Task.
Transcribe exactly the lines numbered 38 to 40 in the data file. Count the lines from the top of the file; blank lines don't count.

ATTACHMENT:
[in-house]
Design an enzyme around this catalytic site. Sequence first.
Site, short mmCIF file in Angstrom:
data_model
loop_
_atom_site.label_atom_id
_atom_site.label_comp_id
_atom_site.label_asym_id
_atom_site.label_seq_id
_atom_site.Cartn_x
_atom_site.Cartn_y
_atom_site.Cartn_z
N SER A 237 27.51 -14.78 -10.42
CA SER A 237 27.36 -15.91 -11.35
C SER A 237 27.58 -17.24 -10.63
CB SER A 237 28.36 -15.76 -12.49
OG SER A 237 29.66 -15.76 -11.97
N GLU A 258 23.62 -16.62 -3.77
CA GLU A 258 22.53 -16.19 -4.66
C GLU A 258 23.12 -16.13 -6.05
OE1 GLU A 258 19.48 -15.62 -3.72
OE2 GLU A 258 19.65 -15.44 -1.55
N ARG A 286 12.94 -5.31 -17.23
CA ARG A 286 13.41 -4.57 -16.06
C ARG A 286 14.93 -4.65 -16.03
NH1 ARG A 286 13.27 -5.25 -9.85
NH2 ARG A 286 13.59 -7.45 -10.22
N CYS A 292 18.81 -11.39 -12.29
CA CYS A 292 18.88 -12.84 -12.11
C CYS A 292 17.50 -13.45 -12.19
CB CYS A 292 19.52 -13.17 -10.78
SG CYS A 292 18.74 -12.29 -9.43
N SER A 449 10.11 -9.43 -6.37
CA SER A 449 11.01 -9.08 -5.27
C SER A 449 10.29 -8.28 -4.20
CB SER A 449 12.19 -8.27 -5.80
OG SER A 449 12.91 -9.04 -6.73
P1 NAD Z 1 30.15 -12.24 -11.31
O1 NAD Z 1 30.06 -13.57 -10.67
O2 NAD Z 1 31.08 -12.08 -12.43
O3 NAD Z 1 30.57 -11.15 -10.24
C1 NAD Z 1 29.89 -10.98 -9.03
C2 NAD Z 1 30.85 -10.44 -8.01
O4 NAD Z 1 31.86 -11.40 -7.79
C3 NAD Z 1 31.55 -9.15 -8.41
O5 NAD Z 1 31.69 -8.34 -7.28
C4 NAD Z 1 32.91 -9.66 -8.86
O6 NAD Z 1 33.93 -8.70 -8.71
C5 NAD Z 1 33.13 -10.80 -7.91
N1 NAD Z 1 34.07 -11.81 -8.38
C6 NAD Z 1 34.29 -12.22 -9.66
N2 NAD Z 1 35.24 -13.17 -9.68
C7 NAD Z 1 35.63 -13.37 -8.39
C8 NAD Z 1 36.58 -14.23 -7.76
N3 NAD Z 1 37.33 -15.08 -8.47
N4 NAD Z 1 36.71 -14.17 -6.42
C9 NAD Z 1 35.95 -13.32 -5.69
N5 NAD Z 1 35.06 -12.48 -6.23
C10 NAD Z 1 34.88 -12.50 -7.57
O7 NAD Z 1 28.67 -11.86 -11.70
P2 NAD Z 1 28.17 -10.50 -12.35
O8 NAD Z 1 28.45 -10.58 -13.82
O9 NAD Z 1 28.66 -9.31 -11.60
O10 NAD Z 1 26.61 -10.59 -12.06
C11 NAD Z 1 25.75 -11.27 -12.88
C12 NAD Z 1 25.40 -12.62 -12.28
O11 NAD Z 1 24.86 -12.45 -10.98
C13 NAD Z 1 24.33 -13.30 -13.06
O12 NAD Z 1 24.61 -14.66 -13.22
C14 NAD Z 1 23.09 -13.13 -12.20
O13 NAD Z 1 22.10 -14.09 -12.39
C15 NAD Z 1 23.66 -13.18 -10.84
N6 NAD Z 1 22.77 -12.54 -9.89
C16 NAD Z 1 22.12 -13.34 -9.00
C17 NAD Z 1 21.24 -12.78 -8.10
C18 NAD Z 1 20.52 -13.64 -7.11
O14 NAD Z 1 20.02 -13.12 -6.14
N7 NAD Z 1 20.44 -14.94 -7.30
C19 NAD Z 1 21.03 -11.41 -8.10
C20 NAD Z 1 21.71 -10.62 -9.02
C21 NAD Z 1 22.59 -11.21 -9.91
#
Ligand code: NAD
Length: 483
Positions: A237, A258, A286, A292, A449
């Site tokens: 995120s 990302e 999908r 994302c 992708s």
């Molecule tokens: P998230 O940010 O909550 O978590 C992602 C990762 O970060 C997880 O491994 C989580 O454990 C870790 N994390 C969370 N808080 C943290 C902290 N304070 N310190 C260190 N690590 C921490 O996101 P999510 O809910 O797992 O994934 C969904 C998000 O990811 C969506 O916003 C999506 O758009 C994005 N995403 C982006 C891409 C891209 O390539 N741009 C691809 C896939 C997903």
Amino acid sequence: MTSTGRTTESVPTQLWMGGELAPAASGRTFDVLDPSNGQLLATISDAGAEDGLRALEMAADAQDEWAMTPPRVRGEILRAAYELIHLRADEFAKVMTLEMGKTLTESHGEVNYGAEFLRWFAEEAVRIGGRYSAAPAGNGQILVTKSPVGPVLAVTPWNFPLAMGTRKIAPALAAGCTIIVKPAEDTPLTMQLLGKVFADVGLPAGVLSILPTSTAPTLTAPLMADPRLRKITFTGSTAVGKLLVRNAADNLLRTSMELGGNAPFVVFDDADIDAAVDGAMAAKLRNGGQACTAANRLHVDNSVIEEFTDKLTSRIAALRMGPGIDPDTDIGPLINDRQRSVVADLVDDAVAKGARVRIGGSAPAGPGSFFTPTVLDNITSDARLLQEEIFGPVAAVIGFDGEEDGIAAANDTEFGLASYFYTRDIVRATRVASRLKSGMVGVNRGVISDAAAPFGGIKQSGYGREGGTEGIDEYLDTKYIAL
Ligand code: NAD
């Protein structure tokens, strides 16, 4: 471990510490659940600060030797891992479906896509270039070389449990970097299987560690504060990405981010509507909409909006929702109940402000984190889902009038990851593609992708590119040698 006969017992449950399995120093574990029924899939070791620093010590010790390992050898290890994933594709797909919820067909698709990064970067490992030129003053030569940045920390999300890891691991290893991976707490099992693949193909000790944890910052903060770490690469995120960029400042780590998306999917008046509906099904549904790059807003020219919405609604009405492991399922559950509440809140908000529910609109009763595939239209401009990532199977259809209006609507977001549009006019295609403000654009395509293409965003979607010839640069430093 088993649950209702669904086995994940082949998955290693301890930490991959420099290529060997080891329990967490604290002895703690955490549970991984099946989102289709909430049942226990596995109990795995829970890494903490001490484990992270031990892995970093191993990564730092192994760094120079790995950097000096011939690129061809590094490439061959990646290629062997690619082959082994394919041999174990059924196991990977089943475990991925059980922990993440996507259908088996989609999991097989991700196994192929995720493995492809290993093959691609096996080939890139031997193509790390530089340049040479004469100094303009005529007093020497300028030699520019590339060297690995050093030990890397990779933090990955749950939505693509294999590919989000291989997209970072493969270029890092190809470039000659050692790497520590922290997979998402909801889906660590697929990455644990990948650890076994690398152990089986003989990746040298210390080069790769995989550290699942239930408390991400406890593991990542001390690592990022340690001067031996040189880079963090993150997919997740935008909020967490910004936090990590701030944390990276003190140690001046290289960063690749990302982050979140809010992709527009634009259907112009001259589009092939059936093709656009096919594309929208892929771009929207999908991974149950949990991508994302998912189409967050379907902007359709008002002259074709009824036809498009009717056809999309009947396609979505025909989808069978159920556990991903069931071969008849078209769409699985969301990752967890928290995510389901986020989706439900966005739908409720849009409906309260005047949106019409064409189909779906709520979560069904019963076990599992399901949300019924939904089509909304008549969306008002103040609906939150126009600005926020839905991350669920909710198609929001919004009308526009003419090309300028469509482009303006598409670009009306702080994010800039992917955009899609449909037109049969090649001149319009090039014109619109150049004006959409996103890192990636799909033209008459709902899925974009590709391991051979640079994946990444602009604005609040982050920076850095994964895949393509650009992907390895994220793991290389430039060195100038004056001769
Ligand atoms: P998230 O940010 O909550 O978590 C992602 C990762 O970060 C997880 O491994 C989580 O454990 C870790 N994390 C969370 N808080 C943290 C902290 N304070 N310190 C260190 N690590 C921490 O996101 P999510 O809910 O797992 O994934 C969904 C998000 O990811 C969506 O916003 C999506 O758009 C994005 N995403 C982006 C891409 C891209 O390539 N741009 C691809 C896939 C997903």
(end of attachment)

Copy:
P1 NAD Z 1 30.15 -12.24 -11.31
O1 NAD Z 1 30.06 -13.57 -10.67
O2 NAD Z 1 31.08 -12.08 -12.43